IOWA CITY, Iowa (AP) — An Iowa journalist who wrote a book about a lottery insider who rigged jackpots in several states has been subpoenaed to turn over notes related to his reporting.

Perry Beeman received the subpoena last week from a law firm representing Larry Dawson, an Iowa jackpot winner who contends that the rigging reduced his prize by millions of dollars.

Beeman co-wrote the recent book “The $80 billion Gamble” with former Iowa Lottery CEO Terry Rich. It tells the inside story of how now-imprisoned lottery security contractor Eddie Tipton altered number-picking programs on computers to win jackpots for himself, friends and family in Colorado, Wisconsin, Kansas and Oklahoma.

The subpoena orders Beeman to turn over his correspondence with Rich since January 2018, including notes related to four interviews they conducted last year. Beeman said Tuesday that he is considering how to respond to the request, which demands the records by Sept. 16.

“But I can say that in past cases like this, I have resisted the subpoena because it has a chilling effect on the reporting process,” said Beeman, who is the managing editor of the Des Moines Business Record and a former reporter for the Des Moines Register.

The Iowa Supreme Court has ruled that a reporter’s sources, unpublished information and notes are privileged material and may be subject to court-ordered disclosure only under limited circumstances. The legal precedent suggests that lawyers issuing subpoenas to reporters may be successful only if they show they have a substantial need for the information and have exhausted less burdensome means of obtaining it.

Dawson is suing the Iowa Lottery and the Multi-State Lottery Association, where Tipton worked. He contends that a $9 million Hot Lotto jackpot that he won in 2011 should have been nearly three times as big.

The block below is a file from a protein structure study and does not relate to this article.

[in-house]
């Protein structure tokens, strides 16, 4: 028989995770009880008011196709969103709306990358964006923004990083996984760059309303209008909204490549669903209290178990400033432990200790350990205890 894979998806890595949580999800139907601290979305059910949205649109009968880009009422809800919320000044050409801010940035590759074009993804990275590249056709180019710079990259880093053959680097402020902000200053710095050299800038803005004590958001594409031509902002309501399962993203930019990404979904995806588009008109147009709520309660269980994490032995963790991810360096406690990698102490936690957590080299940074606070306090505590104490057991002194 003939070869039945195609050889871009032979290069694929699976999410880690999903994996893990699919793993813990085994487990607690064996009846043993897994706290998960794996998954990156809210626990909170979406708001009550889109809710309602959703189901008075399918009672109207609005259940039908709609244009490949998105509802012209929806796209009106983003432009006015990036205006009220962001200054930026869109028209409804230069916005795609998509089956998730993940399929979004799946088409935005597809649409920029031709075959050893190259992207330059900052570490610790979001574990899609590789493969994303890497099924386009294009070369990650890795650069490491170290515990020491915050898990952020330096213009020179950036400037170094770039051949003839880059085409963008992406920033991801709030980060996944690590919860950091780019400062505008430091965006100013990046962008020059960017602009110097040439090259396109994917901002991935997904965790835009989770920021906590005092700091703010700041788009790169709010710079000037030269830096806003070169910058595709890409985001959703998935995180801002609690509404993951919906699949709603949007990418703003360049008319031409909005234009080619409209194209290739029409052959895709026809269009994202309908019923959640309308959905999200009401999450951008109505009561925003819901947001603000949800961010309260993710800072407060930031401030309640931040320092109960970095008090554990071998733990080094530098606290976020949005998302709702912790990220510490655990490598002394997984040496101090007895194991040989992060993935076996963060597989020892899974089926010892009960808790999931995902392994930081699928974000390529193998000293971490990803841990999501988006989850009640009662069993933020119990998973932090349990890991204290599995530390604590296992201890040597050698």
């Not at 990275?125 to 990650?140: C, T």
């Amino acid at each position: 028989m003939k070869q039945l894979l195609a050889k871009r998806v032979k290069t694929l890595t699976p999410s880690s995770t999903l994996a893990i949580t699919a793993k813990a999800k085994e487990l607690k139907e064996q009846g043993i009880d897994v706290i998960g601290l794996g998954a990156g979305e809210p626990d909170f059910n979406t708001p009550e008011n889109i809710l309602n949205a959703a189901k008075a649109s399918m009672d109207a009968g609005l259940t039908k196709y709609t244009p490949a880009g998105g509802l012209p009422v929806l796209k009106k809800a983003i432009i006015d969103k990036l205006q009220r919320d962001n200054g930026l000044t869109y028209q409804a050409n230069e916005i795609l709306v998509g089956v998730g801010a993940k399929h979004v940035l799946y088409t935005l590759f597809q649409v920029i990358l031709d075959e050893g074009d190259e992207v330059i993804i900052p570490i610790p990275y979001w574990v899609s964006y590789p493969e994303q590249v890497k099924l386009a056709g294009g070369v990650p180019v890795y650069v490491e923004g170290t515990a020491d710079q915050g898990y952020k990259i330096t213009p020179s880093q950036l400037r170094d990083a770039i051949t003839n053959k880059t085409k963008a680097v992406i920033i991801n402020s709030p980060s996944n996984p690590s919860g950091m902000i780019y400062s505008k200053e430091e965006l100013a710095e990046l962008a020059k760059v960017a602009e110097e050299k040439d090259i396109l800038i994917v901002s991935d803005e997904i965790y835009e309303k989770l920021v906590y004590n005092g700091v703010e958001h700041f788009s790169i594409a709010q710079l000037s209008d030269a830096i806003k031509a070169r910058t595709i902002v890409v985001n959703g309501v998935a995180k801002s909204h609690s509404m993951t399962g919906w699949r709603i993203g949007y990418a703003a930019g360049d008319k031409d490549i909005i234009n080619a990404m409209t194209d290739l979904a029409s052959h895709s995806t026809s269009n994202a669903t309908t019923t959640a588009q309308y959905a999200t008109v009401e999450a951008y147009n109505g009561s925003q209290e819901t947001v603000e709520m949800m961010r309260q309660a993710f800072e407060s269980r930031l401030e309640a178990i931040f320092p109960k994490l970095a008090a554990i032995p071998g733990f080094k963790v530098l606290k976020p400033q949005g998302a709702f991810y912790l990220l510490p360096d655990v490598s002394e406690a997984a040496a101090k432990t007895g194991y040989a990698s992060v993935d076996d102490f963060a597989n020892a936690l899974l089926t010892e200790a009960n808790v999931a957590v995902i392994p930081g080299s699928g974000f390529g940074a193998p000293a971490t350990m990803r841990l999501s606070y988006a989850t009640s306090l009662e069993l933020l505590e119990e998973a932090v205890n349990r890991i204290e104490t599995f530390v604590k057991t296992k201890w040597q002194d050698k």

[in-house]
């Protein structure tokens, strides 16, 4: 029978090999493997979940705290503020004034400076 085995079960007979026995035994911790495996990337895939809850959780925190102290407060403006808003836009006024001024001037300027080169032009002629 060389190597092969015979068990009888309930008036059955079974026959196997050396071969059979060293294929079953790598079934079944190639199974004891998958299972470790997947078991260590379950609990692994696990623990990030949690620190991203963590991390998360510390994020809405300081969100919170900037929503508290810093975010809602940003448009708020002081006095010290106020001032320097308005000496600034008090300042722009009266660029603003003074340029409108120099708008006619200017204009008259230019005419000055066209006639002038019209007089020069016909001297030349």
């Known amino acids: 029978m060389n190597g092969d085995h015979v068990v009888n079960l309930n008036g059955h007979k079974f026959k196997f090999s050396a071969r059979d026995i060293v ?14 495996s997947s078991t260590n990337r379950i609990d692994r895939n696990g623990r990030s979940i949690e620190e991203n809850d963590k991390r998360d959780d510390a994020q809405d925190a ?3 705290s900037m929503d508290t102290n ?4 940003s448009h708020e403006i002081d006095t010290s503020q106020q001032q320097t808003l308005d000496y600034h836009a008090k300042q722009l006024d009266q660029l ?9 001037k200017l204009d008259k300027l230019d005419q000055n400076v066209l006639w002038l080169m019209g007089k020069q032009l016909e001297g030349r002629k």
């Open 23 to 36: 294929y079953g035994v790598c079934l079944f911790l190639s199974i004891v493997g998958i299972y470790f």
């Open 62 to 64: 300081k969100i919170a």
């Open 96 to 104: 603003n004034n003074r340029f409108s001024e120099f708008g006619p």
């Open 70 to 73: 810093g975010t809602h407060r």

Tipton had purchased the winning ticket for the previous, $16.5 million jackpot that he rigged and had associates claim. Rich, then the Iowa Lottery chief, refused to pay the award because the person who claimed the prize would not reveal who had bought the ticket. Rich requested a criminal investigation that ultimately uncovered Tipton’s stunning scheme, in which he installed computer code that allowed him to predict winning combinations on certain days of the year.

Dawson’s lawsuit contends that under the game’s rules, the $16.5 million prize should have rolled over to the next jackpot, which he won. Instead, the proceeds went back to the states that sponsored the game. The Iowa Lottery used its share for a “Mystery Millionaire” promotion, which included a $1 million prize drawn at the Iowa State Fair.

The lawsuit is scheduled to go to trial on Dec. 2.

Dawson is represented by the Crawford Law Firm, which recently helped obtain a $4.3 million class-action settlement to reimburse lottery players nationwide who bought tickets for drawings that were rigged. A court still needs to approve the settlement, including a request for $1.43 million in legal fees for the firm and other lawyers who represented the plaintiffs.